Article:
Soft colloidal particles play an important role in large-scale and microfluidic industrial processing applications, as well as in a variety of cosmetic and pharmaceutical products. Such systems undergo a transition to a glassy state through a process known as “caging”: owing to crowding, a given particle is trapped by its nearest neighbors in a virtual cage. Understanding the details of the caging process is key to controlling the stability and efficiency of commercially available oils, creams and gels.

In a development that could have significant implications to the way future hybrid soft composite materials are designed, a team of scientists from Europe and Canada has discovered a new asymmetric glassy state, which arises specifically as a result of the soft interactions between the particles [Mayer et al., Nature Materials (2008) 7, 780].
“We have found it is possible to tune the viscosity of a liquid or the elasticity of the corresponding amorphous solid, simply by changing the amount and size of the added polymer in solution”, explains Emanuela Zaccarelli, from the Department of Physics at the University “La Sapienza” of Rome, Italy. “The elasticity and viscosity of the resulting solution can be greatly affected, by means of an anisotropic re-organization of the particles at a microscopic level”.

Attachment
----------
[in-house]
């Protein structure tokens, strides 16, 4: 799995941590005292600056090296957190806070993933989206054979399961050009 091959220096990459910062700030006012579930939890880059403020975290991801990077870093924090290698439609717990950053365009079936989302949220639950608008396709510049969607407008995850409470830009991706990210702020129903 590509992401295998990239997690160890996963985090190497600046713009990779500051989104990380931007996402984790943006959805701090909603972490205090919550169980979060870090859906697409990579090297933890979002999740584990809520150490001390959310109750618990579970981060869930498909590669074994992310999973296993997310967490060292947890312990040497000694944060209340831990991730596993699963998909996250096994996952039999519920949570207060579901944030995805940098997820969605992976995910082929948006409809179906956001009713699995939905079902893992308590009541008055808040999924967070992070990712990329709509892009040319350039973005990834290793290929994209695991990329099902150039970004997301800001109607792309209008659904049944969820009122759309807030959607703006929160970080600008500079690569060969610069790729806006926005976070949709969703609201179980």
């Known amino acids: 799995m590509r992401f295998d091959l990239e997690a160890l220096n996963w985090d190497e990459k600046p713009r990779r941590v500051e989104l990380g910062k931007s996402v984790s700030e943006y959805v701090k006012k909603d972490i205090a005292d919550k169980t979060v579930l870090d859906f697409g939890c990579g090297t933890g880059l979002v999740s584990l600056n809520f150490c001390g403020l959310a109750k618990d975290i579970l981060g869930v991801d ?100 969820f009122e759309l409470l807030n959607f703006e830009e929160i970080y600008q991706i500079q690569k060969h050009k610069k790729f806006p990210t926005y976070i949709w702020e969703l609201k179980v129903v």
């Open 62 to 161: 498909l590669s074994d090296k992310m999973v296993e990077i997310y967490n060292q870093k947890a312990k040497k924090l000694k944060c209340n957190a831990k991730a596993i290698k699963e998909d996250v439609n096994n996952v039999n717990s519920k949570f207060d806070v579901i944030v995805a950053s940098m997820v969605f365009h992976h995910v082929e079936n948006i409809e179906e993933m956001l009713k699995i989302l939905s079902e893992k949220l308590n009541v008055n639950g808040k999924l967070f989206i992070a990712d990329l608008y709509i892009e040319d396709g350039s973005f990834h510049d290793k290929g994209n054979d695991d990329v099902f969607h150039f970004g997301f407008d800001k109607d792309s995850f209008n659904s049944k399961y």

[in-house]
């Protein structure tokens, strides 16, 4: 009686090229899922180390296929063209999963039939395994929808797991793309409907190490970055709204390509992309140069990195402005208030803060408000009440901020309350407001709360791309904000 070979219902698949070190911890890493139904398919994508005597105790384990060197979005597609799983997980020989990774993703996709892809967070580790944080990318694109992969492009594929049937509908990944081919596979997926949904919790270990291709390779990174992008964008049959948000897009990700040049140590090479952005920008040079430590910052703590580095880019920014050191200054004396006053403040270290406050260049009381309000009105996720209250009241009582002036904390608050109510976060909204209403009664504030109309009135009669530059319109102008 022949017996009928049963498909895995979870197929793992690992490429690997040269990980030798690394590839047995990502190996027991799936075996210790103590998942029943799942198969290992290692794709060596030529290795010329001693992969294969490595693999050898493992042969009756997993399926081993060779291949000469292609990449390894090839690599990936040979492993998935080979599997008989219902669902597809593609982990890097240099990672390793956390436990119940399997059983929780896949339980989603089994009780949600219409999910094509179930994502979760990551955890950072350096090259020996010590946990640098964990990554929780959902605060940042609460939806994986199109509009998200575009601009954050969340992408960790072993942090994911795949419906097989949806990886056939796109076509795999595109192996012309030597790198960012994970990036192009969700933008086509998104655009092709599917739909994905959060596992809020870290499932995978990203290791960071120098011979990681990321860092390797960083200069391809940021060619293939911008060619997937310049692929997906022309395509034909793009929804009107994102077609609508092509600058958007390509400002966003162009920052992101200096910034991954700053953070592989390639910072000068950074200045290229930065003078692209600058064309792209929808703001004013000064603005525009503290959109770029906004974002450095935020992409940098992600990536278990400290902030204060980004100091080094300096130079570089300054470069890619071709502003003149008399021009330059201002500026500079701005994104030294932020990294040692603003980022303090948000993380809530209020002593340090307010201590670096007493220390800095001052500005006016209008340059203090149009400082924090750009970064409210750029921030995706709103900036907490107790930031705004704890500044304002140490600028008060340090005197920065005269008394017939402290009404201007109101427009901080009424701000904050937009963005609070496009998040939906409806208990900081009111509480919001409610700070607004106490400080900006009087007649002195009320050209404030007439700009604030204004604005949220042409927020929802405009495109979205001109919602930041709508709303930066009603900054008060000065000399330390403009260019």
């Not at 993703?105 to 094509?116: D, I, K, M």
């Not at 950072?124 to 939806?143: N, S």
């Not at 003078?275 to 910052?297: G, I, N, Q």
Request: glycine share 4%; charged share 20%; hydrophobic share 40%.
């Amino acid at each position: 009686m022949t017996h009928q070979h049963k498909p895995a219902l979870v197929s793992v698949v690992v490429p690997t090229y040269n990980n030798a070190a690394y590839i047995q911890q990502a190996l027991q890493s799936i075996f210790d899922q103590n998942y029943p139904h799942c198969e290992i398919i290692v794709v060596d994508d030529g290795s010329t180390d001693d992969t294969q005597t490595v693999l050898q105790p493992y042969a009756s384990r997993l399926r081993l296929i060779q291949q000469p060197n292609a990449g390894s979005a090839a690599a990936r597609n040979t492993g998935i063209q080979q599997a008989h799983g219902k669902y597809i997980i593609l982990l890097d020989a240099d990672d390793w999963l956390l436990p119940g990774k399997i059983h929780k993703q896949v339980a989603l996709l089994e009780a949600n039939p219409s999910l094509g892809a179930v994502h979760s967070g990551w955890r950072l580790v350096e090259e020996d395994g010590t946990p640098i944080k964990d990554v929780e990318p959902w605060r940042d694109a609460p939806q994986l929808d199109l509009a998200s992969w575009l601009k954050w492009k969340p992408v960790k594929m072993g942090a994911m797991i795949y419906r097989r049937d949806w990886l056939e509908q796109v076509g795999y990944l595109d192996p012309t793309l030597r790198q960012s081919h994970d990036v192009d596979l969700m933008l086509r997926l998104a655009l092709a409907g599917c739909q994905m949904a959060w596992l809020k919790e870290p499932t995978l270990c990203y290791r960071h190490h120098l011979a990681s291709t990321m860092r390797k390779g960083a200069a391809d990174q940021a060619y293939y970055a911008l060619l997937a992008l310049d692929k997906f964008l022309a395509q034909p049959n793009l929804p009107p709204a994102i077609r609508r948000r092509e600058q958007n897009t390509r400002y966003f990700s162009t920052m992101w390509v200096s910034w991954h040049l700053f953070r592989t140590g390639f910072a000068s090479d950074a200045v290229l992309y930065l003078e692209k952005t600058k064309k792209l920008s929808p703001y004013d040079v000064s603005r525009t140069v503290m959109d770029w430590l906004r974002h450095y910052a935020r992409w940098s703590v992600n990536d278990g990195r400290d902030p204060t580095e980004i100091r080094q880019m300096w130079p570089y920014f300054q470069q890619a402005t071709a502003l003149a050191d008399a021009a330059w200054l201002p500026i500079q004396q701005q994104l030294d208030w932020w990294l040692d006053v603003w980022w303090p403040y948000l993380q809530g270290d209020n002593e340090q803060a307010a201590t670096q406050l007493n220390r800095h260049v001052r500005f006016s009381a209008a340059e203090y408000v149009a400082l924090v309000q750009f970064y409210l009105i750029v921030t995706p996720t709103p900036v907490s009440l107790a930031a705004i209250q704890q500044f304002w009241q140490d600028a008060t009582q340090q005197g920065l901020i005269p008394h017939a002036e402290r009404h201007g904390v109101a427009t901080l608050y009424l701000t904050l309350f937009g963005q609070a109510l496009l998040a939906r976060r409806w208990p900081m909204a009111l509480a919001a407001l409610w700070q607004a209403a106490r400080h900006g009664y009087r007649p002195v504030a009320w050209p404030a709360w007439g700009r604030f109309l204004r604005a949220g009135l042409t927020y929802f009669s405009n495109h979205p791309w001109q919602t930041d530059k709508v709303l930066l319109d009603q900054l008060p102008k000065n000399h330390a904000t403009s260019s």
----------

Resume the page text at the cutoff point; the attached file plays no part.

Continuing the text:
Zaccarelli stresses the asymmetric glass state can only arise in soft mixtures, as opposed to the more commonly studied hard-sphere mixtures. As a result, her team focused its attention on star polymers - molecules that are multiply branched from a single point - since they allow the softness of the interaction to be easily tuned.
“This work demonstrates that what might at first appear as a modest increase in complexity over well-studied hard-sphere mixtures - softness of interaction - can turn out a number of surprises”, comments professor Johan Bergenholtz, from the University of Gothenburg in Sweden. “The star polymer systems are superb model systems that allow a very detailed understanding of the complex structures and dynamics in concentrated solutions of soft colloids”.
The authors continue their work in the laboratory